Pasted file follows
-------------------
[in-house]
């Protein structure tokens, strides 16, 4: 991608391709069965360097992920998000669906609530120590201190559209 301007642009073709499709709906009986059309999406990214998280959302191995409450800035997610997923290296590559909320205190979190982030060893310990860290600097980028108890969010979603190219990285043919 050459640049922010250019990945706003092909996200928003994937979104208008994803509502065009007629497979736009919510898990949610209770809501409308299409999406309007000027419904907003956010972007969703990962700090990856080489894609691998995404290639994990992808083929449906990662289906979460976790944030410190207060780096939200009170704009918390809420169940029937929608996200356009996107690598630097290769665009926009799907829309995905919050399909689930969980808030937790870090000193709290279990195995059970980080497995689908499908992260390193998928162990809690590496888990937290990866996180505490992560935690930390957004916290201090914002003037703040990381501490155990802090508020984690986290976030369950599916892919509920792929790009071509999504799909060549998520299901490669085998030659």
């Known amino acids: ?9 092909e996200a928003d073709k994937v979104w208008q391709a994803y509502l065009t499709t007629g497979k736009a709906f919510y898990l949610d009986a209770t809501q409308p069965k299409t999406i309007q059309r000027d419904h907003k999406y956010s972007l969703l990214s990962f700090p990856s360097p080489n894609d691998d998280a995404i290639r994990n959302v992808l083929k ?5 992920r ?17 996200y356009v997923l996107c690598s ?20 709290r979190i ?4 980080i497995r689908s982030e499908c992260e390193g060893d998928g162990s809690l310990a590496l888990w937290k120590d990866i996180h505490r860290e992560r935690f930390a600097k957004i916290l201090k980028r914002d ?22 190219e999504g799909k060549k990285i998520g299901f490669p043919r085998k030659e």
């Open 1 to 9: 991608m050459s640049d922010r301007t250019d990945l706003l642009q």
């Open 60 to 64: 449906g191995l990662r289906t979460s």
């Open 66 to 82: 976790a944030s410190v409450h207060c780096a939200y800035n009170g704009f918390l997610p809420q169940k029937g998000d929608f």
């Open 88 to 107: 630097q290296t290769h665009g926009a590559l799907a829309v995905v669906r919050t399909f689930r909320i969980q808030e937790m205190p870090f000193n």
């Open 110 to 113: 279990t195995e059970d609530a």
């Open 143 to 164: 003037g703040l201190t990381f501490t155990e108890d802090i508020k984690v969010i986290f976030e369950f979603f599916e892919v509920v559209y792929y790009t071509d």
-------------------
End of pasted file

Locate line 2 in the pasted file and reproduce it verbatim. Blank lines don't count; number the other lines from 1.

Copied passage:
């Protein structure tokens, strides 16, 4: 991608391709069965360097992920998000669906609530120590201190559209 301007642009073709499709709906009986059309999406990214998280959302191995409450800035997610997923290296590559909320205190979190982030060893310990860290600097980028108890969010979603190219990285043919 050459640049922010250019990945706003092909996200928003994937979104208008994803509502065009007629497979736009919510898990949610209770809501409308299409999406309007000027419904907003956010972007969703990962700090990856080489894609691998995404290639994990992808083929449906990662289906979460976790944030410190207060780096939200009170704009918390809420169940029937929608996200356009996107690598630097290769665009926009799907829309995905919050399909689930969980808030937790870090000193709290279990195995059970980080497995689908499908992260390193998928162990809690590496888990937290990866996180505490992560935690930390957004916290201090914002003037703040990381501490155990802090508020984690986290976030369950599916892919509920792929790009071509999504799909060549998520299901490669085998030659």